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Gunmen stormed Kabul University in Afghanistan on Monday, leaving at least 19 dead and dozens wounded. The attack lasted hours across the campus with Afghan forces and US troops battling the gunmen, who detonated explosives and fired their weapons.
The devastating onslaught was the second attack on an educational institution in Kabul in just over a week. It took place as the university held a book fair attended by the Iranian ambassador to Afghanistan.
The Taliban, who are in peace-talk negotiations with the US-backed Afghan government, said their fighters were not involved in the assault. No other group immediately claimed responsibility. In photos and video posted to social media, students are shown fleeing and scrambling over the campus walls trying to escape.
What The World is following
A massive typhoon struck provinces south of the Philippines capital of Manila on Sunday with winds of up to 190 mph. Government officials on Monday said 20 people were killed in Albay and Catanduane provinces in the wake of Typhoon Goni, up from the 16 people the country’s disaster agency previously reported. Amid the devastation, another storm, Atsani, is gaining strength over the Pacific Ocean and is expected to make landfall in the Philippines late this week.
And, authorities in Hong Kong arrested seven prominent Hong Kong opposition leaders on Sunday in the latest in a crackdown on anti-government activists. Police said Monday, the arrests were on charges related to obstructing a legislative council meeting in May and included former lawmakers and currently serving officials, as well as a legislator assistant. They have since been released on bail.
From The World
Discussion: View of the 2020 US Election from abroad
The world is watching the 2020 US presidential election — there are global implications whomever is the winner. Join us for a live discussion with The World’s correspondents Shirin Jaafari and Jorge Valencia, moderated by senior editor Daisy Contreras, digging in on the big issues and providing the necessary context and analysis from their reporting.
Watch a video of the conversation here.
Former presidential hopeful Julián Castro urges Latinos to vote for Biden
Since early summer, Julián Castro has been a surrogate for Democratic challenger Joe Biden on the campaign trail.
Castro was originally in the race saying many things others wouldn’t. He talked about abolishing the electoral college, had the most detailed immigration policy plan, and was vocally opposed to unrepresentative Iowa and New Hampshire going first in the primary process.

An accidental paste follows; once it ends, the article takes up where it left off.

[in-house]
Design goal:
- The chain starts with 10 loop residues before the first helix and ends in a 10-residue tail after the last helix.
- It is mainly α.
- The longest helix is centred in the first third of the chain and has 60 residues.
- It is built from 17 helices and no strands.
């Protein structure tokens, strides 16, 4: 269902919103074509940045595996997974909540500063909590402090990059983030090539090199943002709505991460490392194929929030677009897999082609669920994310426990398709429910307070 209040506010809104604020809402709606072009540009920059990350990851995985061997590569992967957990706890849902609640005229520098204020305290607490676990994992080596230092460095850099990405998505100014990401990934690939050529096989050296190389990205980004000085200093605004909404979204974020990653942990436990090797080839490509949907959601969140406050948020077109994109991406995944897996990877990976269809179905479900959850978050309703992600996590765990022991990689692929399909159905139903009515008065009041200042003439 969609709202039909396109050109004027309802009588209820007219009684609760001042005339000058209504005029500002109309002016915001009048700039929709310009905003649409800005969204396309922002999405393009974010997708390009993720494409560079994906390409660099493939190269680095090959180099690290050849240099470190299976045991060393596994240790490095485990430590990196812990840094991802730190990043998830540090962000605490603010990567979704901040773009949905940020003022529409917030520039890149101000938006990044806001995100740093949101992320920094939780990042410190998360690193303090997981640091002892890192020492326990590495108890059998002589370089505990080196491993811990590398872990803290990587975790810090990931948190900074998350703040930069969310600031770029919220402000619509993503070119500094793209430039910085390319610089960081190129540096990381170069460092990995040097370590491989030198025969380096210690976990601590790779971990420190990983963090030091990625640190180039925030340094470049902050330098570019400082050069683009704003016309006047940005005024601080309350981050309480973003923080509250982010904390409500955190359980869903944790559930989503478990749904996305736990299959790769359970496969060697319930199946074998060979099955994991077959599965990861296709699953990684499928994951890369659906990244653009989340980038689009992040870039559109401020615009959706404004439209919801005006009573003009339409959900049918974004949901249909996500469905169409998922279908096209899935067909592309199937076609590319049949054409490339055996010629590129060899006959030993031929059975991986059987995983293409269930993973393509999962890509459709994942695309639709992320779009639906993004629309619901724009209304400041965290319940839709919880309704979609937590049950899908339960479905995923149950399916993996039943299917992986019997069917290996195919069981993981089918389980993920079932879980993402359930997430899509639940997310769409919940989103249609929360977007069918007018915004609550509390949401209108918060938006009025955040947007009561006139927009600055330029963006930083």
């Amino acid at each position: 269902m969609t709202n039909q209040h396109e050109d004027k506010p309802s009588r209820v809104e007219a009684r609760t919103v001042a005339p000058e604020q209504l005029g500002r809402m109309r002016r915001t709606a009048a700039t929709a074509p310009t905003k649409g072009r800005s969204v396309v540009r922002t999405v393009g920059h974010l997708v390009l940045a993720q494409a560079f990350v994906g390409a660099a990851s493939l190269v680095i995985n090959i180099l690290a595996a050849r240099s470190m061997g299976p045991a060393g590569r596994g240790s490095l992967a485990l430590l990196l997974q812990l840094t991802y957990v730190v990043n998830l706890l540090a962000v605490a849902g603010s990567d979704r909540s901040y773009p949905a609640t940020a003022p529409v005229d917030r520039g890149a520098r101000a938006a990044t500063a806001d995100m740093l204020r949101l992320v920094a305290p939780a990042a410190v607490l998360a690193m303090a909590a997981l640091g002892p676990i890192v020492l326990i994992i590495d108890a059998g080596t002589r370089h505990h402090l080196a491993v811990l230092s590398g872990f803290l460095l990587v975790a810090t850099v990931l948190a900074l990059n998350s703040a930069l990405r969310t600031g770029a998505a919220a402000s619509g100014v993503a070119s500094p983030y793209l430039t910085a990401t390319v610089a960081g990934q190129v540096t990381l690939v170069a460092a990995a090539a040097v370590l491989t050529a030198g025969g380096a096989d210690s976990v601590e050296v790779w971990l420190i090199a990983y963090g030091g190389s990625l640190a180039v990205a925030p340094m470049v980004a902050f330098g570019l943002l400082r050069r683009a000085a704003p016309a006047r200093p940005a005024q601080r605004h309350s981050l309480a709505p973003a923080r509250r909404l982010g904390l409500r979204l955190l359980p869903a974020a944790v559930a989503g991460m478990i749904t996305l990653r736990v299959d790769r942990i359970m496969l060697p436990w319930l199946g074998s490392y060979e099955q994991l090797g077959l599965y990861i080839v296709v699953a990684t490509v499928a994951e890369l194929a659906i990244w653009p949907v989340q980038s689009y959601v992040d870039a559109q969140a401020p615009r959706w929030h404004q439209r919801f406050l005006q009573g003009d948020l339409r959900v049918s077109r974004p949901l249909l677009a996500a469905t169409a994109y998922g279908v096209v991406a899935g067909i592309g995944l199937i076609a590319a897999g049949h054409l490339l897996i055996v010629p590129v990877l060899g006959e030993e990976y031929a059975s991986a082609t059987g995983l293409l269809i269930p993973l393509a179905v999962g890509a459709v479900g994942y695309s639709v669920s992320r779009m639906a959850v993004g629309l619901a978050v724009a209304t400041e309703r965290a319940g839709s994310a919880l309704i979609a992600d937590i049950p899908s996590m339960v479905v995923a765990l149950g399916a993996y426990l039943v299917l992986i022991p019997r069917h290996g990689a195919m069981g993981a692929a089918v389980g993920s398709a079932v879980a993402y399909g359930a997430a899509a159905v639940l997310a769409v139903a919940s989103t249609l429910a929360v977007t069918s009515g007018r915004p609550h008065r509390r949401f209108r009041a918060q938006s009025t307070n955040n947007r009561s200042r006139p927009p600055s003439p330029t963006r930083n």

The former San Antonio mayor was also talking about racial justice issues long before George Floyd was killed this past spring. The tough-talking Texan hopes that in the next administration, issues like systemic racism — especially important to communities of color — won’t be sidelined.
Big chocolate companies use child labor. Can a 1789 US law hold them accountable for violations abroad?
The chocolate industry has a long documented problem with forced child labor. And the US Supreme Court is about to take up a case that may decide whether US companies can be held responsible.
Public art sometimes gets a bad rap, but for a train conductor in Spijkenisse, Netherlands, the installation of this whale tale saved the day.
A train that went careening over the end of elevated tracks in the Netherlands was left teetering about 30 feet above the ground. But no one was injured or killed — thanks to a sculpture of a whale’s tail that stopped the train from plunging.
— erin mccann | (@mccanner) November 2, 2020
In case you missed it
Listen: 2020 US Election: The political power of Latino youth
Today The World brings you a special episode on the political power of Latino youth, one of the fastest-growing demographic groups in the United States. Approximately every 30 seconds, a Latino in the US turns 18 and becomes eligible to vote. The World has been examining the Latino vote and Latino voters all year. In this episode, hear how Trump has alienated many Latinos with his anti-immigrant rhetoric — but a sizable block still support him. And, Latinos have been disproportionately affected by climate change. Plus, hear how three young Latinos are getting ready to vote.
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